Head teacher’s union urges for end of parents right to withdraw children from RE

May 6, 2016

abe205ef98177e742395b913d8e2492c_400x400The National Association of Head Teachers has adopted new policy calling for an end to parents being able to opt their children out of Religious Education (RE) lesson. Parents or carers of a pupil at a state funded school in the UK currently have the right to have their child excused from all or part of the RE the school provides. Proposers for the policy motion – passed at the union’s annual conference on Sunday – argued that the move would help ensure that pupils learned to respect the beliefs of others.

Chair of the Accord Coalition, Rabbi Dr Jonathan Romain, said ‘While schools can still provide narrow or instructional Religious Education (RE), then the right of withdrawal should remain or, better still, given to pupils themselves where they are of sufficient maturity. To simply take the right away, without making wider changes to how RE is provided, would be unsatisfactory and quite possibly illegal under the European Convention on Human Rights.

‘Ultimately and more importantly however, pupils should be given an entitlement to a broad and balanced education about the range of beliefs in society, enabling them to appreciate different beliefs and values, while assisting pupils in developing and adhering to their own life-stance. It would be legally permissible and appropriate for the legal right of withdrawal to be removed in regards to the provision of this kind of RE. No one should be able to deny pupils access to such a vital education that can help prepare them for life as active citizens in a diverse society’.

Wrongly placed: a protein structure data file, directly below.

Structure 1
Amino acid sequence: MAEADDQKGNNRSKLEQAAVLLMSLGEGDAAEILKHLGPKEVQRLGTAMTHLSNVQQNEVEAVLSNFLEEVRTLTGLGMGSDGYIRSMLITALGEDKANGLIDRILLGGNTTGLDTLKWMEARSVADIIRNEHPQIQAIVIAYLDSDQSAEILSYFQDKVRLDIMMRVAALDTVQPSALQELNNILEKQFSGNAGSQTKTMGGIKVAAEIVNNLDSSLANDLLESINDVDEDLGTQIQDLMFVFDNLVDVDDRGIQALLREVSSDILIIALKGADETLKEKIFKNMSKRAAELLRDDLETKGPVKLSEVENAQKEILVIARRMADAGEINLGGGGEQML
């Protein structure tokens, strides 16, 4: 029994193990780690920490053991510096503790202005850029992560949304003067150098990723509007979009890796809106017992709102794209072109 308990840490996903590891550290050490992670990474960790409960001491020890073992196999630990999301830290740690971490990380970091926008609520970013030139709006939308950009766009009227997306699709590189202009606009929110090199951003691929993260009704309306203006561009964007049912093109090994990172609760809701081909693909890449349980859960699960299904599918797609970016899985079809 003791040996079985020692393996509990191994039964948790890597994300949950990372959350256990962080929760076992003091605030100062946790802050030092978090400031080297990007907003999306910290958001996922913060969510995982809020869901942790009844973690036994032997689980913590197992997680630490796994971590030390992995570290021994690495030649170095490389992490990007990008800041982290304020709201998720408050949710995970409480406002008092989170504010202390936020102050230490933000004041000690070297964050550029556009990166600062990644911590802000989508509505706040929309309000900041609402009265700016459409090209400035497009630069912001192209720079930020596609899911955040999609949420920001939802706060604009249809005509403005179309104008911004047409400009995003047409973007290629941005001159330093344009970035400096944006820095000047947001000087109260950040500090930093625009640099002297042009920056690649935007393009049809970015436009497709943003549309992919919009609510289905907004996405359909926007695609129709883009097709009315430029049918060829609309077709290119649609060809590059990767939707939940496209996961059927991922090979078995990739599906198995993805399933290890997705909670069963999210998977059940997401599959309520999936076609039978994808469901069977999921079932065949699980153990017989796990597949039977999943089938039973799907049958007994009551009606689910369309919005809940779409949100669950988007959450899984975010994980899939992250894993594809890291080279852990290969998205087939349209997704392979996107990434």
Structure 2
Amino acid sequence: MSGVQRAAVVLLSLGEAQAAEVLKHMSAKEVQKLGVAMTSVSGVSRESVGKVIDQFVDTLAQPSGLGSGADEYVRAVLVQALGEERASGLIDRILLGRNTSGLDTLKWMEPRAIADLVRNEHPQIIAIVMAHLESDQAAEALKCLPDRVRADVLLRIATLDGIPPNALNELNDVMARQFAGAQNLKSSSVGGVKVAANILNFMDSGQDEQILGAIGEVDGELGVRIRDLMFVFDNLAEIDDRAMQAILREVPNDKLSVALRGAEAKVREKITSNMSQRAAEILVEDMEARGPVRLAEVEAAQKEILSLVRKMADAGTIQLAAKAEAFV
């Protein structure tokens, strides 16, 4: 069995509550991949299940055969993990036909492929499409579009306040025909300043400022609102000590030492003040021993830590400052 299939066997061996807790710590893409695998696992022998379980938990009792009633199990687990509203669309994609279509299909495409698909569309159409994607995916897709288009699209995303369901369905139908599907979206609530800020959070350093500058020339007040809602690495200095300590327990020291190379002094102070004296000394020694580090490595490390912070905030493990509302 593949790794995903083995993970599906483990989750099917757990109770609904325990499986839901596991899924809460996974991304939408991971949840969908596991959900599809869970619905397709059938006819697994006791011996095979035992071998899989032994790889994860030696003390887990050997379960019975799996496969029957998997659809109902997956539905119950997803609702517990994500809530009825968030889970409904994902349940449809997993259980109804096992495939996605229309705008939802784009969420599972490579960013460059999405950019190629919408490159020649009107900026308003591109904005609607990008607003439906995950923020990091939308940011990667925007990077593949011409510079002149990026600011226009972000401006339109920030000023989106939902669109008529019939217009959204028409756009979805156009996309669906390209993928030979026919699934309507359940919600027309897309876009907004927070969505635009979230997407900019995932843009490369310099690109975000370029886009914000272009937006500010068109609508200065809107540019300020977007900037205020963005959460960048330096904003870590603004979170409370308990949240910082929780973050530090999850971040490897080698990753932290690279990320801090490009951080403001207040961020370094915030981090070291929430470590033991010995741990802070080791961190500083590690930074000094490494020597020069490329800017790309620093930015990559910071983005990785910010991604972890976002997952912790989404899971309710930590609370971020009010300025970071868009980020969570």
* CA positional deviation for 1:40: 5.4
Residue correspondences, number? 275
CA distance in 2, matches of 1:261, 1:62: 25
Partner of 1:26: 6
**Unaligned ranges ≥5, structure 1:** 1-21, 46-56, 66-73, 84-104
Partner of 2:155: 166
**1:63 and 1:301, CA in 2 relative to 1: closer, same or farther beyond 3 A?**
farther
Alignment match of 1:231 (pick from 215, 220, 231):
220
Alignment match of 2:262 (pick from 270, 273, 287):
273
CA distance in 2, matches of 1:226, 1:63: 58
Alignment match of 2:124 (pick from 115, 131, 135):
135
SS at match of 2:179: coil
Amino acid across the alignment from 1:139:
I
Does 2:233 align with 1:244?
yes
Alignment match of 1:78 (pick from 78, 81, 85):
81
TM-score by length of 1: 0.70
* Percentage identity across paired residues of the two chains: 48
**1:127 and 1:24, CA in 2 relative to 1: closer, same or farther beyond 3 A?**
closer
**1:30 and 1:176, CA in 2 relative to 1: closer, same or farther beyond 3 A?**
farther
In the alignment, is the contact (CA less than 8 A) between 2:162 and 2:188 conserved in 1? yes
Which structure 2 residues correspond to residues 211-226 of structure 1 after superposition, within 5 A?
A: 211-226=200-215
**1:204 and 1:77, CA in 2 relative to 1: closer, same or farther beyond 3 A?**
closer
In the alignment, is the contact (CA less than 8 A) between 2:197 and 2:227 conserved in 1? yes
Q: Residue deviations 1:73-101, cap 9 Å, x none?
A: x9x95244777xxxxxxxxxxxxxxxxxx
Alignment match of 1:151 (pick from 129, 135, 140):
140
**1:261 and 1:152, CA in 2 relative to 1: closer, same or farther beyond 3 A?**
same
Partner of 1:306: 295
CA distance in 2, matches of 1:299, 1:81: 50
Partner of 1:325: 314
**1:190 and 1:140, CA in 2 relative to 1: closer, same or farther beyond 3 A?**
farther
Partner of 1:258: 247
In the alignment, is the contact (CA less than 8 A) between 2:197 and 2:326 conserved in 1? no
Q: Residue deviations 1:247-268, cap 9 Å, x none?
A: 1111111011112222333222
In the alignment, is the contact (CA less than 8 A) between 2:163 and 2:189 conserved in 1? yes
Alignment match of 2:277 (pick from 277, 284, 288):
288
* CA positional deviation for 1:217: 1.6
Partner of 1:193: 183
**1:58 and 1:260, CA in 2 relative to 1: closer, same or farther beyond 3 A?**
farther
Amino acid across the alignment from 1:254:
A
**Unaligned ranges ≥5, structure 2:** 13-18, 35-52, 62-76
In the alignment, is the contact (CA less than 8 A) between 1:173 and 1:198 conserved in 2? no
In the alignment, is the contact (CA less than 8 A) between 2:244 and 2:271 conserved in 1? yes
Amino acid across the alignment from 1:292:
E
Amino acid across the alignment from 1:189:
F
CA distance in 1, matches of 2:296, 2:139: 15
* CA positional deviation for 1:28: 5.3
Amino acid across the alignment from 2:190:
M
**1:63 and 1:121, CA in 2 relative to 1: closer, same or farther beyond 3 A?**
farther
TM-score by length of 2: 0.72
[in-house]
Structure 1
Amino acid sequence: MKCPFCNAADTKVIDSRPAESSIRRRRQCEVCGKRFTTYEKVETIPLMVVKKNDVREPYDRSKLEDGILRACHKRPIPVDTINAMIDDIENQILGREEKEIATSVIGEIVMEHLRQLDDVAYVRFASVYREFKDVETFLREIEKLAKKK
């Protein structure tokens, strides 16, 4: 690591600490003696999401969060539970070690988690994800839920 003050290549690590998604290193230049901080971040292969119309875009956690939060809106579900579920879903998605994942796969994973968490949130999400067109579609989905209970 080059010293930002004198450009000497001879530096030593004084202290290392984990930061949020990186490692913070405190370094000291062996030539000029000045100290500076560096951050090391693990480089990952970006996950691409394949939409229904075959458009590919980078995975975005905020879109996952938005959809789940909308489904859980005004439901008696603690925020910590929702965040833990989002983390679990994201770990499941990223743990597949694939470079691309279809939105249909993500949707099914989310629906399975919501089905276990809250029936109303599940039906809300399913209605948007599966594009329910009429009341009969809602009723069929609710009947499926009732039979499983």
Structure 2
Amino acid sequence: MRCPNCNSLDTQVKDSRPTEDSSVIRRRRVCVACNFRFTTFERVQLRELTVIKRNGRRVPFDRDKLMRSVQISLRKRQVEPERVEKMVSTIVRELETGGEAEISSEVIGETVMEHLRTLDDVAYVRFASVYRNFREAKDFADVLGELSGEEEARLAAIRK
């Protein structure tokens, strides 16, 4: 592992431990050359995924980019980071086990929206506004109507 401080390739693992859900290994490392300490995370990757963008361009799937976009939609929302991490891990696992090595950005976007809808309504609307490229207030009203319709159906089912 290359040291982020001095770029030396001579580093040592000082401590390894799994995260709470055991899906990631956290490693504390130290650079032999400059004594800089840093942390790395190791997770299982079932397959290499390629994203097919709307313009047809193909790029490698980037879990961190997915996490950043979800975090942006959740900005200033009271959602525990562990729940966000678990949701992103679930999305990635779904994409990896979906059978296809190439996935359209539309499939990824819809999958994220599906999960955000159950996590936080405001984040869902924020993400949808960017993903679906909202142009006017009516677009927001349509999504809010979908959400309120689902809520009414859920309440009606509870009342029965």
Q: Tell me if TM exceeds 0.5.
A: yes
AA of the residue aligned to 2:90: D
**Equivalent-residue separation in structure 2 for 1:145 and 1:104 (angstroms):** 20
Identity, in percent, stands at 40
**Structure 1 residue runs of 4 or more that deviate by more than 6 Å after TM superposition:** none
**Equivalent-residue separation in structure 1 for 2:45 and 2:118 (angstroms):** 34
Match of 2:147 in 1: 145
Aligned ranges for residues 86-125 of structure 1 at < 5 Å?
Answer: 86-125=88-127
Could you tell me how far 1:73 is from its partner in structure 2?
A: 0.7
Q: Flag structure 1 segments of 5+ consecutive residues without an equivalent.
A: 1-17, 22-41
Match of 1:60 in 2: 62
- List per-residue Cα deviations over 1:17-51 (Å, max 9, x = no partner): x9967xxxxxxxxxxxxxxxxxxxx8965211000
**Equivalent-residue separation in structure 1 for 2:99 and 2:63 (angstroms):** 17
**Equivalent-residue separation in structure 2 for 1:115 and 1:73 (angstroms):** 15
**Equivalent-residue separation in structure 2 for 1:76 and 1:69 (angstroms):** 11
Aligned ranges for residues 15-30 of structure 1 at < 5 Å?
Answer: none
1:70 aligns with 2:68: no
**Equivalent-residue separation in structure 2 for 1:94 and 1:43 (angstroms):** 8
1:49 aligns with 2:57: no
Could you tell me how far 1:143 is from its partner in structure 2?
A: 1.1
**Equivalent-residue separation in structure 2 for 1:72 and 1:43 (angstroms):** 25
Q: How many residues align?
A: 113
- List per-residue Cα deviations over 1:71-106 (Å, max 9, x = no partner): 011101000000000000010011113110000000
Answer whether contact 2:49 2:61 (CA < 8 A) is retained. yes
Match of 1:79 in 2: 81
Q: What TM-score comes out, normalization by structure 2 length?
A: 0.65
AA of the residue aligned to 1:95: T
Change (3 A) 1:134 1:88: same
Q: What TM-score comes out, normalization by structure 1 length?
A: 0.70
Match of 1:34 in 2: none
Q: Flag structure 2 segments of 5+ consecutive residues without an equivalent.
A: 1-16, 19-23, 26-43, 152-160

‘The NAHT is right to consider arrangements around RE. The subject is becoming increasingly marginalised and its structures more and more dated. The Government should notice the NAHT’s call as yet further evidence of the widespread consensus urging for a long overdue review of how RE is provided.’

Calls for a review of RE’s statutory basis – which remains largely unchanged since 1944 – include Ofsted’s last three triennial reviews into the teaching of RE in English schools. In the last year, three major reports have urged that pupils be given a statutory entitlement to receive an education about a range religious and non-religious worldviews in society. They include:

A 2009 poll YouGov poll commissioned by Accord found that 75% of people agreed with the statement that ‘all state funded schools should teach an objective and balanced syllabus for education about a wide range of religious and non-religious beliefs’, compared to only 8% disagreeing.

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